Find Your Fit: Badminton is a Full-Body Workout with Mental and Cognitive Benefits

Jake Newby

| 4 min read

Before Pickleball was everyone’s favorite racket-based sport, there was badminton.
Badminton is believed to have been played for more than 2,000 years in countries like China, India and Greece. The objective is like tennis in that players try to hit a birdy (or shuttlecock) over a net and onto their opponent’s court without their opponent returning it with their own racket. The game can be played one-on-one or in teams of two.
Badminton is an Olympic sport, but you don’t have to be an Olympian to play.
“It’s played by people of all ages, all different skill levels and all different countries,” said Ann Arbor resident Kim Yeow, who plays three times a week at Ann Arbor’s Meri Lou Murray Recreation Center.

The physical and cognitive benefits of Badminton

Badminton is a fun, competitive, low-impact way to stay active and fit, regardless of age. Yeow, 65, has played since he was a school-aged child in his home country of Malaysia. His decades of experience have allowed him to identify the aspects of the game that he thinks are particularly good for the body and mind.
“Like tennis and pickleball, it requires a lot of hand-eye coordination,” Yeow said. “You need good wrist movement, there’s a lot of wrist work. And good movement in general because you have to move around the court. You need good footwork to cover the entire court. You have to glide at times.”
A systematic review of badminton’s health benefits published in 2022 stated the sport is beneficial in terms of improving:
  • Hand-eye reaction time
  • Muscle coordination
  • Cognitive functions
  • Alertness
  • Concentration
A new 2024 study examining badminton’s ability to slow cognitive decline and dementia reported that regularly playing recreational badminton for several hours a week could positively impact modifiable risk factors for dementia, and that engaging in at least 30 minutes of moderate-intensity badminton per week could help prevent cognitive decline.
Physically, all that movement makes for a great full-body workout. Studies have found badminton to have a beneficial effect on heart and lung function, speed and flexibility. It also led to significant improvements in flexibility in some participants. Badminton requires quick changes in direction and rapid arm swings from a wide range of body positions.
“It involves your entire body, so when you move forward and backwards, your legs are always in motion,” Yeow said. “You work your hitting arm probably more than your non-hitting arm. But the non-hitting arm also moves and sways to keep the whole body in balance. When we hit, sometimes we have to arch our back and bend low to retrieve the shuttles. So, I would say it’s a whole-body workout.”
Playing doubles in badminton is less physically demanding for older adults, making it a great option to minimize injury risk, especially if you have certain physical ailments or a long injury history.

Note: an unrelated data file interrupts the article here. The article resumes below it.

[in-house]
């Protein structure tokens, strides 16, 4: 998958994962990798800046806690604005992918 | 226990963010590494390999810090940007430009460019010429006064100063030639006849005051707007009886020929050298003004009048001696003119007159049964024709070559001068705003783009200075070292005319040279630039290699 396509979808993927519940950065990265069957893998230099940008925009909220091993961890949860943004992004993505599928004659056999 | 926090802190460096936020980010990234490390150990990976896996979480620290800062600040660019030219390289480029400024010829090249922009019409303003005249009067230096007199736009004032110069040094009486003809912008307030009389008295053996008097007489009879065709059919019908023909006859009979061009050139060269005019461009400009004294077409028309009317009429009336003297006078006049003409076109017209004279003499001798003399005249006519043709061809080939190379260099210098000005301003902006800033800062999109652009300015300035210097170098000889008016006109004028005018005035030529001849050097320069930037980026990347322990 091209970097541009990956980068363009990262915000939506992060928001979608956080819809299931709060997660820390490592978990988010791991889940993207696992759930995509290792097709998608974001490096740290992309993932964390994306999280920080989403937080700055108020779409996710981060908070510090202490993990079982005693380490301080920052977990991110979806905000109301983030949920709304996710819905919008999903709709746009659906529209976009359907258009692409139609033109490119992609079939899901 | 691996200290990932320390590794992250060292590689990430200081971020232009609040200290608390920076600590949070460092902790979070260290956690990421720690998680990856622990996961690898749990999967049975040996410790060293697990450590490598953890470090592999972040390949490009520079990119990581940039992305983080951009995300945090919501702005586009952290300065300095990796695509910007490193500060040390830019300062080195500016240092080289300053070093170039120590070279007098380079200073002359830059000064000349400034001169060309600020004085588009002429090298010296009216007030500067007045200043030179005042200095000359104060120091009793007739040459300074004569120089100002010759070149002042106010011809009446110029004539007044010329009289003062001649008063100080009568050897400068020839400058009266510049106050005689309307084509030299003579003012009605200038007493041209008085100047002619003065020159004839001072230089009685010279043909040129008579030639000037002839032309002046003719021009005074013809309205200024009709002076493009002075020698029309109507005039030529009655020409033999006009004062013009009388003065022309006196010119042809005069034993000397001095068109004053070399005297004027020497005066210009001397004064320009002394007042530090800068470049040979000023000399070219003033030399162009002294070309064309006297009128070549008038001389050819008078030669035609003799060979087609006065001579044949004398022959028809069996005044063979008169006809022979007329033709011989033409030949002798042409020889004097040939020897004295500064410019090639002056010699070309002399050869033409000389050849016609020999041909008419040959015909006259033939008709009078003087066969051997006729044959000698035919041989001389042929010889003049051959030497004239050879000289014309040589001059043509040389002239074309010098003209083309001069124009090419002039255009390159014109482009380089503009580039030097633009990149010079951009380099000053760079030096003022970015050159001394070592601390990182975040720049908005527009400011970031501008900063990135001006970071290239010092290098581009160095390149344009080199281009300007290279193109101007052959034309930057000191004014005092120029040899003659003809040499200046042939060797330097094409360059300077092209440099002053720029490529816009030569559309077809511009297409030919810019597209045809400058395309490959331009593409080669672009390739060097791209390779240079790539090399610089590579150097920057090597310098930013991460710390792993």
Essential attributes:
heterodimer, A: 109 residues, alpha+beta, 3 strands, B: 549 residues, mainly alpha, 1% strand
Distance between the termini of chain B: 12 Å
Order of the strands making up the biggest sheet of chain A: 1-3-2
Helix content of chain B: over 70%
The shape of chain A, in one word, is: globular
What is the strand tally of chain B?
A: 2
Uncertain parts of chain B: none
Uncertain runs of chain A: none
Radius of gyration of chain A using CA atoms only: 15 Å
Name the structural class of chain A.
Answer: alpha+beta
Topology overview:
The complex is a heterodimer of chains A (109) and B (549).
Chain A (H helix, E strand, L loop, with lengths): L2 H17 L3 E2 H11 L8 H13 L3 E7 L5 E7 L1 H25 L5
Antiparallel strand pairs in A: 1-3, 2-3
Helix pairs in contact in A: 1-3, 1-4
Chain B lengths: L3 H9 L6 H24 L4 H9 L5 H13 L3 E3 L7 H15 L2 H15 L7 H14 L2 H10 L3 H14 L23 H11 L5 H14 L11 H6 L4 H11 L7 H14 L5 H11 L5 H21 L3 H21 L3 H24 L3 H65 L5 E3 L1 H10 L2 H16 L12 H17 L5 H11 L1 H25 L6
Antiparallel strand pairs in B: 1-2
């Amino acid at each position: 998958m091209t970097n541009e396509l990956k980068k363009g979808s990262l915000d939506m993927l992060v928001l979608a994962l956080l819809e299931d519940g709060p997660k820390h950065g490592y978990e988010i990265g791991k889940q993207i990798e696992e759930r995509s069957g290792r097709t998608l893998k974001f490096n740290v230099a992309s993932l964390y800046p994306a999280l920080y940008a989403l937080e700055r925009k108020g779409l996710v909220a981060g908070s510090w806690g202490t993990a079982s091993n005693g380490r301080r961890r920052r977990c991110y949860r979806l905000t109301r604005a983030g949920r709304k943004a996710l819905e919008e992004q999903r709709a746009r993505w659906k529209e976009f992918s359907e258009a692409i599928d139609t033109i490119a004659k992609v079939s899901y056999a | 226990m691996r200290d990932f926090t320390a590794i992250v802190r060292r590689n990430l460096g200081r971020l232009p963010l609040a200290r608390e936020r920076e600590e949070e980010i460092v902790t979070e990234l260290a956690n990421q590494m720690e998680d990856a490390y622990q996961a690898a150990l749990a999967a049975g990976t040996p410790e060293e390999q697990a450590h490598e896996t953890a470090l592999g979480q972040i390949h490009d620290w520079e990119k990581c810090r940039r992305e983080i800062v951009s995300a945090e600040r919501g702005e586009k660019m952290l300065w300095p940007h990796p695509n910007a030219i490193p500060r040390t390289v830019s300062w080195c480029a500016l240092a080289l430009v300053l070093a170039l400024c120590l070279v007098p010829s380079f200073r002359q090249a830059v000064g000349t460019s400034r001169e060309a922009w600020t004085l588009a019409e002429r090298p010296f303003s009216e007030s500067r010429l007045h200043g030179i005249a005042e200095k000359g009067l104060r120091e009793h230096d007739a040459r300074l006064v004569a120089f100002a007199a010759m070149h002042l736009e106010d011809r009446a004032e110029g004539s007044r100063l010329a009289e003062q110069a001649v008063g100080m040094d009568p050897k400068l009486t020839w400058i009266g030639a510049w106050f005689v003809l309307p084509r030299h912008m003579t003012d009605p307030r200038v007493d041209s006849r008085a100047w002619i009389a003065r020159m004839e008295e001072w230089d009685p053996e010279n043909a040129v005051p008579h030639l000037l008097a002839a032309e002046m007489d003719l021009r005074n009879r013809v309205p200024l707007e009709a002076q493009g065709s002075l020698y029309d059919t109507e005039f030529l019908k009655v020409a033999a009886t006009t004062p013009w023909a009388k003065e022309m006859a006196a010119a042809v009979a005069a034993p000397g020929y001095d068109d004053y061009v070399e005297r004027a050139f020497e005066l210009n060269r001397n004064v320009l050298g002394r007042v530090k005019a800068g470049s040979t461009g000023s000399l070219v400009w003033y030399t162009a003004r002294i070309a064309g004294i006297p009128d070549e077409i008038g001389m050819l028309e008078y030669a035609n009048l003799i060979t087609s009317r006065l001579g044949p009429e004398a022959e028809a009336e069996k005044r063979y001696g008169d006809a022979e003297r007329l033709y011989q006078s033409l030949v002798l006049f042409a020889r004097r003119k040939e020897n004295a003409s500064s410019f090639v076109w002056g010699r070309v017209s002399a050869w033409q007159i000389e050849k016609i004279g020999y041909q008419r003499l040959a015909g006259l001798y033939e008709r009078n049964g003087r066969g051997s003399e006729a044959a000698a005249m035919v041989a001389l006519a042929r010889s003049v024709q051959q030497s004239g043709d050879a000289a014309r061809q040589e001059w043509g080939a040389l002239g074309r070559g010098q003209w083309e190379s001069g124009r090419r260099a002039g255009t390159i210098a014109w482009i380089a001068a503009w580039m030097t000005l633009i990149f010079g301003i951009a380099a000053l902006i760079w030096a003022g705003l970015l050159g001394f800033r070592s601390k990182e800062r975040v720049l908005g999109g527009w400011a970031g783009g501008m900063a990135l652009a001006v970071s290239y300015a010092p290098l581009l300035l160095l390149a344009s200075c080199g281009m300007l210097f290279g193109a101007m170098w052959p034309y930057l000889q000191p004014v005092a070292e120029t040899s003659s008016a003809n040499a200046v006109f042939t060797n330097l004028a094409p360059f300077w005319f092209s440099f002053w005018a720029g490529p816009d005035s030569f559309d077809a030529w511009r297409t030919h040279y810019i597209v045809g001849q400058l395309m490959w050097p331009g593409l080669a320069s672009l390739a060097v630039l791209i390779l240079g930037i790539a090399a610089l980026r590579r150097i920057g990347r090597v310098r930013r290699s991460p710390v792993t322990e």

Badminton’s communal characteristics and effect on mood

When your fitness activity of choice is a sport, you’re naturally going to bond with others. This has been Yeow’s experience since he started playing badminton regularly in Ann Arbor roughly 20 years ago.
“What makes it fun to most of the players is the community,” Yeow said. “Not only do we go in and play a game and exercise, but it’s also a place to meet friends. Those friendships extend outside of the badminton court.
They haven’t done it in a few years, but Yeow said regular Meri Lou Murray Recreation Center badminton players have gotten together for summer barbecues in the past.
One study found that students who performed badminton exercises significantly decreased levels of depression and anxiety and improved their self-esteem.

What to know before you give it a go

Badminton rackets can range in price from about $50 to $200 or $300. Yeow noted that although most recreation centers with badminton courts also supply their own rackets, they’re not of very high quality, in his experience. 
Equipment wise, Yeow said he wears ankle braces to prevent him from twisting his ankle, which he’s done before. He said you do see some people wear knee braces or compression sleeves as well. When it comes to playing as a beginner, Yeow said it’s important not to go too hard to fast.
“If you’re trying to get into the game, the first few times, don’t go all out,” he said. “If you’re not used to the game, you might be really sore the next day. Take it easier until your body is used to that kind of workout. You can then increase your intensity as you go along.”
The athletic clubs and recreation centers of many Michigan communities include badminton courts. Click here to search for one near you.
More from the Find Your Fit series:
Photo credit: Kim Yeow

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